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Full Costing

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Absorption Costing

Summary of Full Costing. Abstract


The Full Costing method or Absorption Costing (AC) is an inventory valuation / costing model that includes all manufacturing costs:

- Direct materials (those materials that become an integral part of a finished product and can be conveniently traced into it)

- Direct labor (those factory labor costs that can be easily traced to individual units of product. Also called touch labor)

- Both variable and fixed manufacturing overhead

in the cost of a unit of product. As a result, under absorption costing, fixed overhead is a product cost until sold.

It is also referred to as the full cost method.

Should Fixed Manufacturing Costs be Included in Inventories?

Advocates of AC say it should, because all of the production costs are needed to create the products. Thus, they have "future economic benefits."

Advocates of Variable Costing argue that in order for a fixed manufacturing cost to be an asset, it has to meet a "future cost avoidance" criteria much the same way as prepaid insurance. In the case of fixed manufacturing costs, they do not meet this criteria because they are incurred each time the production line opens. Thus, they need to be expenses in that period and only variance expenses inventoried.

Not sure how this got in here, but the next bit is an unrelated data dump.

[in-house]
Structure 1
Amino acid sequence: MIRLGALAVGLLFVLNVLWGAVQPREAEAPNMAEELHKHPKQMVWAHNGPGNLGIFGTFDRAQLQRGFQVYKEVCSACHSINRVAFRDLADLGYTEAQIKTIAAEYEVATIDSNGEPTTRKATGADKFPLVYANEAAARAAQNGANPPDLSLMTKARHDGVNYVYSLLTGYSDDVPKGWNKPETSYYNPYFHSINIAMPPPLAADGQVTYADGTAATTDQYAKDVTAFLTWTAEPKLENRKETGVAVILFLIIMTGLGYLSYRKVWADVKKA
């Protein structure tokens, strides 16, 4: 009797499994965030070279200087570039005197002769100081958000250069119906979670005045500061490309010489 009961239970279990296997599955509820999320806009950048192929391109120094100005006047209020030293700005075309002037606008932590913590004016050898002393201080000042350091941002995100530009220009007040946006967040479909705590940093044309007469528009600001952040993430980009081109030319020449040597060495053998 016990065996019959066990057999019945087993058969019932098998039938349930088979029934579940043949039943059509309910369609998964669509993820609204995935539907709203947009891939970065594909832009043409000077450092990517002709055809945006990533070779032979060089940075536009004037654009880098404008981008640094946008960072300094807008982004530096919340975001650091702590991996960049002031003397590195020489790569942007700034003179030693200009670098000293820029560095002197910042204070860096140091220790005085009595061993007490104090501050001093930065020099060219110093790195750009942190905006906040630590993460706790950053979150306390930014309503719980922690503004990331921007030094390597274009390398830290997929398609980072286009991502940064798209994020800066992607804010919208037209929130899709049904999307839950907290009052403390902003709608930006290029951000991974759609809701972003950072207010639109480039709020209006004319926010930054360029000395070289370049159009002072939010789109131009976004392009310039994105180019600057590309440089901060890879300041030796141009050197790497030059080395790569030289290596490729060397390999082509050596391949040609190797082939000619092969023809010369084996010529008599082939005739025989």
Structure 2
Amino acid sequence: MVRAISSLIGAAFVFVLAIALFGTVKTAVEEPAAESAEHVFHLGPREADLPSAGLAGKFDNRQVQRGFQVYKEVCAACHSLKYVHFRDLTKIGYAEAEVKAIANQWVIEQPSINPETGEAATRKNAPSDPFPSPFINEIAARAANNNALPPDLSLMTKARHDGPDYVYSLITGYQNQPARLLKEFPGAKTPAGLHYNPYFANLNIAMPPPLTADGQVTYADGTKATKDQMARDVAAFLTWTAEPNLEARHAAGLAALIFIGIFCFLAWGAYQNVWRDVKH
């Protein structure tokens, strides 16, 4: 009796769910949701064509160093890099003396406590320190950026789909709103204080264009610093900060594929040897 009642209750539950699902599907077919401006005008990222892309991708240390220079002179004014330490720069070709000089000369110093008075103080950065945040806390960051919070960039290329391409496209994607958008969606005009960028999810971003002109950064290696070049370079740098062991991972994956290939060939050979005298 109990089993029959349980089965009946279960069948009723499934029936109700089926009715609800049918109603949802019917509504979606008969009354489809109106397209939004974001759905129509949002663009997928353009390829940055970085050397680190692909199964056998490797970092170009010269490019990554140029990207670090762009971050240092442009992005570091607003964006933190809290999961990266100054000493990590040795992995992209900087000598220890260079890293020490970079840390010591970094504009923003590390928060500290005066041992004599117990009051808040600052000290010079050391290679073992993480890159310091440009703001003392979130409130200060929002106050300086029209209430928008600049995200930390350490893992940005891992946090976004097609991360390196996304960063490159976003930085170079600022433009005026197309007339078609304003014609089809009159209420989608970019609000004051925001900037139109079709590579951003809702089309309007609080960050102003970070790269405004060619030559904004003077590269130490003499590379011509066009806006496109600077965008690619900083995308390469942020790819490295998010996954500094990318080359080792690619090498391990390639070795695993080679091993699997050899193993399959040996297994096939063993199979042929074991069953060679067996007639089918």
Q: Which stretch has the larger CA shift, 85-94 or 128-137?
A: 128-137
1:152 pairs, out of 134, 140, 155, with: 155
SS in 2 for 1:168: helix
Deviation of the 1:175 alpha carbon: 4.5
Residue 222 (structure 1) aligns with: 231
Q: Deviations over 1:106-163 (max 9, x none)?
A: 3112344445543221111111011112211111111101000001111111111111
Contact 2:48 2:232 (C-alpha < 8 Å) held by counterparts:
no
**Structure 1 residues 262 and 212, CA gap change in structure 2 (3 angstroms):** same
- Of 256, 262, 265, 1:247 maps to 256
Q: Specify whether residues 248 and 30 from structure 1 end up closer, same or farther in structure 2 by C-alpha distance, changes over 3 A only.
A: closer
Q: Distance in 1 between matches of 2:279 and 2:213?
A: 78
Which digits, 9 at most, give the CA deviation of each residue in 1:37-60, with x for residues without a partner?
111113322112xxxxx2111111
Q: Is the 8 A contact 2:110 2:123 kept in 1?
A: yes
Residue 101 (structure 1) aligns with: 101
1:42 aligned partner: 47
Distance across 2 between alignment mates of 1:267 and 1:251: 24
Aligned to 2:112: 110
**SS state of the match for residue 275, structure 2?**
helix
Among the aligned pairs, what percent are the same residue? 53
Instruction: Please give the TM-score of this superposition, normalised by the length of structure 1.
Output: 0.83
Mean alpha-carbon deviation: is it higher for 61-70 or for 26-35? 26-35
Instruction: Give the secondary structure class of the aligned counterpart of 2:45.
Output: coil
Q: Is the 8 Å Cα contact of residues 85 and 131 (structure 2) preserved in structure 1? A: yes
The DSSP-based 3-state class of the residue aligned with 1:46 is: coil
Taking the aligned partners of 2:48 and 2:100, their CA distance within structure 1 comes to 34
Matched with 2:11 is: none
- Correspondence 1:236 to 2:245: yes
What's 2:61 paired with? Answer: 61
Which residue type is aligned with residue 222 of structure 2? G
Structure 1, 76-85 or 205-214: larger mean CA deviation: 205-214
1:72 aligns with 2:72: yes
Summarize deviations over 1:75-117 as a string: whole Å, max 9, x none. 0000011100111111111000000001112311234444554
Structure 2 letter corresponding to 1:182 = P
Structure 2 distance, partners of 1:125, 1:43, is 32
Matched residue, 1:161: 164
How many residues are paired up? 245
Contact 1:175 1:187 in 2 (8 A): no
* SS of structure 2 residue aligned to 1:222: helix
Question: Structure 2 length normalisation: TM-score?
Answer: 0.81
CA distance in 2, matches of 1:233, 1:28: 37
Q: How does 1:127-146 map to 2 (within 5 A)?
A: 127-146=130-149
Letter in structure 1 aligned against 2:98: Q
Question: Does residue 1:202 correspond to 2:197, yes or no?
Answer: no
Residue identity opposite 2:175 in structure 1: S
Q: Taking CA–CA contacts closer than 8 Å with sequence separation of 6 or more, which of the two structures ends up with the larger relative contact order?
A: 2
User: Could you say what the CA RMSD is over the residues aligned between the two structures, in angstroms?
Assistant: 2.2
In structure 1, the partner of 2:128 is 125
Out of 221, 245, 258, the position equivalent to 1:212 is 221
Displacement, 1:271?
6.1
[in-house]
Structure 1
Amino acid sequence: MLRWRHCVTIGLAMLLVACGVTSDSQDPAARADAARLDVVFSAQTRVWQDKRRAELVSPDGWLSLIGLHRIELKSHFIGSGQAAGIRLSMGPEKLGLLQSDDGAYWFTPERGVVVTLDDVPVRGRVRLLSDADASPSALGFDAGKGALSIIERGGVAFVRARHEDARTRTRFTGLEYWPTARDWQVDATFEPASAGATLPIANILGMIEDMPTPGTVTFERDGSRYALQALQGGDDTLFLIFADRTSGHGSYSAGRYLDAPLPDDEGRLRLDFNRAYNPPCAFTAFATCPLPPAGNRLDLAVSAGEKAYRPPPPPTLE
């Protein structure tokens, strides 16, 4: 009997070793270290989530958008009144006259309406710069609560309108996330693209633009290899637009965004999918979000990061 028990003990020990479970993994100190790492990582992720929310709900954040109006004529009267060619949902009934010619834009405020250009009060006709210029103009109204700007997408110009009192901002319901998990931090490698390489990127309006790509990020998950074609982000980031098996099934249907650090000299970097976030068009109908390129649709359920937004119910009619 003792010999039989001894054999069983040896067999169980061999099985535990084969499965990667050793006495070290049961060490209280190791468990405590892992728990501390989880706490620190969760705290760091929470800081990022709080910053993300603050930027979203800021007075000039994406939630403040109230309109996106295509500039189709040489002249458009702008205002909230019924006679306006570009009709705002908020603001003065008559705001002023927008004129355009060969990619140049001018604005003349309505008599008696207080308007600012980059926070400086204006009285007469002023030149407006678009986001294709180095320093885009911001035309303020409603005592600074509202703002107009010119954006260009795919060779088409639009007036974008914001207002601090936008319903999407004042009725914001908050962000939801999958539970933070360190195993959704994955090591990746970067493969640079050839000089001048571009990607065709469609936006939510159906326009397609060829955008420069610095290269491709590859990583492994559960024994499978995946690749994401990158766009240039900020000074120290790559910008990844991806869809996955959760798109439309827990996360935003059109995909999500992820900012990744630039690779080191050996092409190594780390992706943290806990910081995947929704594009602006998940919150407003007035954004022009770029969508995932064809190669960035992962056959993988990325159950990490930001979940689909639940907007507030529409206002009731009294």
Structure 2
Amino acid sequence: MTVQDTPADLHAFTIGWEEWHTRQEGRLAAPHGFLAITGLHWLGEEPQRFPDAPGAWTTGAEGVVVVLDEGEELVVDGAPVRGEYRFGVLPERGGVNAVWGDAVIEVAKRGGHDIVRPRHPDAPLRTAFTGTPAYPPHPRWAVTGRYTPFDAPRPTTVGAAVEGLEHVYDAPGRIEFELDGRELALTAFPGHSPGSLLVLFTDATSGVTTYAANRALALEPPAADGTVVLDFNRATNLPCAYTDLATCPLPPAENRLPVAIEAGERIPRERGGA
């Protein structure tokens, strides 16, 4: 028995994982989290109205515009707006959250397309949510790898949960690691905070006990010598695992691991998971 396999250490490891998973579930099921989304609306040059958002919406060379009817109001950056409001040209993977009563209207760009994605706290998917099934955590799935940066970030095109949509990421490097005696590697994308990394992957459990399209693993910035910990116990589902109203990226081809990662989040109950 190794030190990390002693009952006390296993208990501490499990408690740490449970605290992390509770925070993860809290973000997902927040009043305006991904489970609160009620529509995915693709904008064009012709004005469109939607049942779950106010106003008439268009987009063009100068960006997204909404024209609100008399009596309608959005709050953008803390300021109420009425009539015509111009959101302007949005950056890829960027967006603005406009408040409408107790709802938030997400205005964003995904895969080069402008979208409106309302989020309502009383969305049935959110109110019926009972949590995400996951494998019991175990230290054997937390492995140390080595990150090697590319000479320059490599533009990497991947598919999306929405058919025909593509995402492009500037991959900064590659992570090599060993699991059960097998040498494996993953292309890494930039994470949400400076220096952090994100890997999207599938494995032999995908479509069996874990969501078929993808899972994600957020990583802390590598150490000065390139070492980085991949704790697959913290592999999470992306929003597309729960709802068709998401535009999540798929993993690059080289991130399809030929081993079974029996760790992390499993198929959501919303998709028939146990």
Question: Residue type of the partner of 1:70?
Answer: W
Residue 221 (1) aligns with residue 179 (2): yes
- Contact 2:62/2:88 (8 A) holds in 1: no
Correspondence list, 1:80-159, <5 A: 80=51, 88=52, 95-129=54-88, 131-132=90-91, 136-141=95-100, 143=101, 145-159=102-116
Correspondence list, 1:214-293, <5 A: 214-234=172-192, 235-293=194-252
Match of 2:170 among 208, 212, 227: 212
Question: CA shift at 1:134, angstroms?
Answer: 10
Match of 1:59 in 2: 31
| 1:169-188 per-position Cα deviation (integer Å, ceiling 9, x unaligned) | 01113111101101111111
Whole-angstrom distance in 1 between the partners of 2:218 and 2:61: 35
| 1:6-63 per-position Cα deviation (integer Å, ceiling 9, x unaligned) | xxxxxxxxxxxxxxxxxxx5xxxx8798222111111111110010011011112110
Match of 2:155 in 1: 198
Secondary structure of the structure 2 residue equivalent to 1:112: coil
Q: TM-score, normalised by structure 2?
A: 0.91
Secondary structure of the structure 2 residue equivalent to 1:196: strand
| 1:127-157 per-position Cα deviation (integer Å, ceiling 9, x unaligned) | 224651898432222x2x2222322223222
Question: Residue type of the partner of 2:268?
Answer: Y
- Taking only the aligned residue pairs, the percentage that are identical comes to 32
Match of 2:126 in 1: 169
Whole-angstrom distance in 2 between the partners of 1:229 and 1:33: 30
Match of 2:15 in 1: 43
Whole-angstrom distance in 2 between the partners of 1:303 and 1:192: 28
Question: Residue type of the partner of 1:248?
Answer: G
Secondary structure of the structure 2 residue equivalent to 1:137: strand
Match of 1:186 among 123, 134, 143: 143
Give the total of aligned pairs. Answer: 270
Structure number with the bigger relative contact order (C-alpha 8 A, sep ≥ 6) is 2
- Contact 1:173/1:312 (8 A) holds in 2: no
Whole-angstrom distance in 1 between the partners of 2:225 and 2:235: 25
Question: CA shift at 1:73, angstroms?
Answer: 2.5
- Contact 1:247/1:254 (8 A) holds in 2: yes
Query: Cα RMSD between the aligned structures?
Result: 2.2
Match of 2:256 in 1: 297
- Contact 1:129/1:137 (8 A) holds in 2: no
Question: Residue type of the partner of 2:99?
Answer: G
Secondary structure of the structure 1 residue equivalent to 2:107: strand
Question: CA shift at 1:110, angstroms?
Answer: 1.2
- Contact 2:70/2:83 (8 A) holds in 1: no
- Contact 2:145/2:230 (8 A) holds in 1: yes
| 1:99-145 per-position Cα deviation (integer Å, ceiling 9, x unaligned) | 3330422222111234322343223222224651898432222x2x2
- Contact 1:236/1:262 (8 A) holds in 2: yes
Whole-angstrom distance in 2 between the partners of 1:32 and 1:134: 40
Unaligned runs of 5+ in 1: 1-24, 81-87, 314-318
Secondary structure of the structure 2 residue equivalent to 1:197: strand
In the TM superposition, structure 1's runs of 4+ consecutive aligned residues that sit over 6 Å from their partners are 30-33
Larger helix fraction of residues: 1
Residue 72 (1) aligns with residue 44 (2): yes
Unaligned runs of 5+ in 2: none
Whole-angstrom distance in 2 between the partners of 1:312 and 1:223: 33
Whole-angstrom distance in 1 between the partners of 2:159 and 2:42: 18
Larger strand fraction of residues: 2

Problems with AC also include potential manipulations by plant managers, such as increasing production regardless of sales levels to defer costs to the next year, and show a higher current profit for the sake of bonuses and promotions.

Consequences of using AC for Profit calculation

The difference is important for calculating profit when a beginning and ending inventory levels are different:
- If beginning & ending inventory levels are equal: AC profit = variable costing profit;
- If inventory levels are run down over the period: variable costing profit will be higher than AC profit;
- If inventory levels are increased over the period: AC profit will be higher than variable costing profit.

👀Here you can find more about Absorption Costing.

Compare with Absorption Costing: Variable Costing  |  Activity Based Costing

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